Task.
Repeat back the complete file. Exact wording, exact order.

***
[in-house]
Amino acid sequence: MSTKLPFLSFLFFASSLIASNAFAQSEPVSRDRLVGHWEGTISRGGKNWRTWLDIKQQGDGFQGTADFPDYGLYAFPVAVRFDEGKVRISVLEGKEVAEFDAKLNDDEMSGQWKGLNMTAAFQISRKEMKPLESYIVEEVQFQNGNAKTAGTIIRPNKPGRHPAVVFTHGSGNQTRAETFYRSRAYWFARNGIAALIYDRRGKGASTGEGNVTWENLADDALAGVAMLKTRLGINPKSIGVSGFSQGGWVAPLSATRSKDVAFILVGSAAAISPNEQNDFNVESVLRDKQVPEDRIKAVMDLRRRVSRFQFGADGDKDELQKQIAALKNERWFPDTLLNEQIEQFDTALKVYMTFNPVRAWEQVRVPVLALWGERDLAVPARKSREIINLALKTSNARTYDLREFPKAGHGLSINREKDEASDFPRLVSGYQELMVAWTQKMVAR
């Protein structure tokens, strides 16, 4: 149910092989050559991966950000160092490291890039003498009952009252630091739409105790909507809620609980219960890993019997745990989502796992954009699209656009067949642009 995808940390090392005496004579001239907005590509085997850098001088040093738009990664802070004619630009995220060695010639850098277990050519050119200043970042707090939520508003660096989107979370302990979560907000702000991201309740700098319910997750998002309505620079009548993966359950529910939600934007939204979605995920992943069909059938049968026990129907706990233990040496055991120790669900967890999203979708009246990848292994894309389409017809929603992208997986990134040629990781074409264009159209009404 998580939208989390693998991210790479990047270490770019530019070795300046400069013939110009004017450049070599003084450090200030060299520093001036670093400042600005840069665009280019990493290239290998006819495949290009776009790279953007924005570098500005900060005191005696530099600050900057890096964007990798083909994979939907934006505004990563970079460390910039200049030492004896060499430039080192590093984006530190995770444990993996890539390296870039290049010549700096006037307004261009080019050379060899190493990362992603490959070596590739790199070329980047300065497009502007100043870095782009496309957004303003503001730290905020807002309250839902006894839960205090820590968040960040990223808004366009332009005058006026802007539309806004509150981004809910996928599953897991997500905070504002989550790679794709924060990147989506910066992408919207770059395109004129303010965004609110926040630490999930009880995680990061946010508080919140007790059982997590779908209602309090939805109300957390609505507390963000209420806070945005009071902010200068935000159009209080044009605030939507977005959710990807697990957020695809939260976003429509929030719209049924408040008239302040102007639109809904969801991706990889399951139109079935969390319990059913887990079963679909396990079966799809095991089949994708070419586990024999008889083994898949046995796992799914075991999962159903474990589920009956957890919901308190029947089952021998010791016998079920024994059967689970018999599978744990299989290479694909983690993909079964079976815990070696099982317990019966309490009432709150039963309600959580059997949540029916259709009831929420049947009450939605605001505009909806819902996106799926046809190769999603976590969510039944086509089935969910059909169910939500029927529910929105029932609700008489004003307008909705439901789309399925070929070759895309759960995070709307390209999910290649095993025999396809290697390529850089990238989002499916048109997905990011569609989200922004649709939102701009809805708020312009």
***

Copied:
[in-house]
Amino acid sequence: MSTKLPFLSFLFFASSLIASNAFAQSEPVSRDRLVGHWEGTISRGGKNWRTWLDIKQQGDGFQGTADFPDYGLYAFPVAVRFDEGKVRISVLEGKEVAEFDAKLNDDEMSGQWKGLNMTAAFQISRKEMKPLESYIVEEVQFQNGNAKTAGTIIRPNKPGRHPAVVFTHGSGNQTRAETFYRSRAYWFARNGIAALIYDRRGKGASTGEGNVTWENLADDALAGVAMLKTRLGINPKSIGVSGFSQGGWVAPLSATRSKDVAFILVGSAAAISPNEQNDFNVESVLRDKQVPEDRIKAVMDLRRRVSRFQFGADGDKDELQKQIAALKNERWFPDTLLNEQIEQFDTALKVYMTFNPVRAWEQVRVPVLALWGERDLAVPARKSREIINLALKTSNARTYDLREFPKAGHGLSINREKDEASDFPRLVSGYQELMVAWTQKMVAR
């Protein structure tokens, strides 16, 4: 149910092989050559991966950000160092490291890039003498009952009252630091739409105790909507809620609980219960890993019997745990989502796992954009699209656009067949642009 995808940390090392005496004579001239907005590509085997850098001088040093738009990664802070004619630009995220060695010639850098277990050519050119200043970042707090939520508003660096989107979370302990979560907000702000991201309740700098319910997750998002309505620079009548993966359950529910939600934007939204979605995920992943069909059938049968026990129907706990233990040496055991120790669900967890999203979708009246990848292994894309389409017809929603992208997986990134040629990781074409264009159209009404 998580939208989390693998991210790479990047270490770019530019070795300046400069013939110009004017450049070599003084450090200030060299520093001036670093400042600005840069665009280019990493290239290998006819495949290009776009790279953007924005570098500005900060005191005696530099600050900057890096964007990798083909994979939907934006505004990563970079460390910039200049030492004896060499430039080192590093984006530190995770444990993996890539390296870039290049010549700096006037307004261009080019050379060899190493990362992603490959070596590739790199070329980047300065497009502007100043870095782009496309957004303003503001730290905020807002309250839902006894839960205090820590968040960040990223808004366009332009005058006026802007539309806004509150981004809910996928599953897991997500905070504002989550790679794709924060990147989506910066992408919207770059395109004129303010965004609110926040630490999930009880995680990061946010508080919140007790059982997590779908209602309090939805109300957390609505507390963000209420806070945005009071902010200068935000159009209080044009605030939507977005959710990807697990957020695809939260976003429509929030719209049924408040008239302040102007639109809904969801991706990889399951139109079935969390319990059913887990079963679909396990079966799809095991089949994708070419586990024999008889083994898949046995796992799914075991999962159903474990589920009956957890919901308190029947089952021998010791016998079920024994059967689970018999599978744990299989290479694909983690993909079964079976815990070696099982317990019966309490009432709150039963309600959580059997949540029916259709009831929420049947009450939605605001505009909806819902996106799926046809190769999603976590969510039944086509089935969910059909169910939500029927529910929105029932609700008489004003307008909705439901789309399925070929070759895309759960995070709307390209999910290649095993025999396809290697390529850089990238989002499916048109997905990011569609989200922004649709939102701009809805708020312009």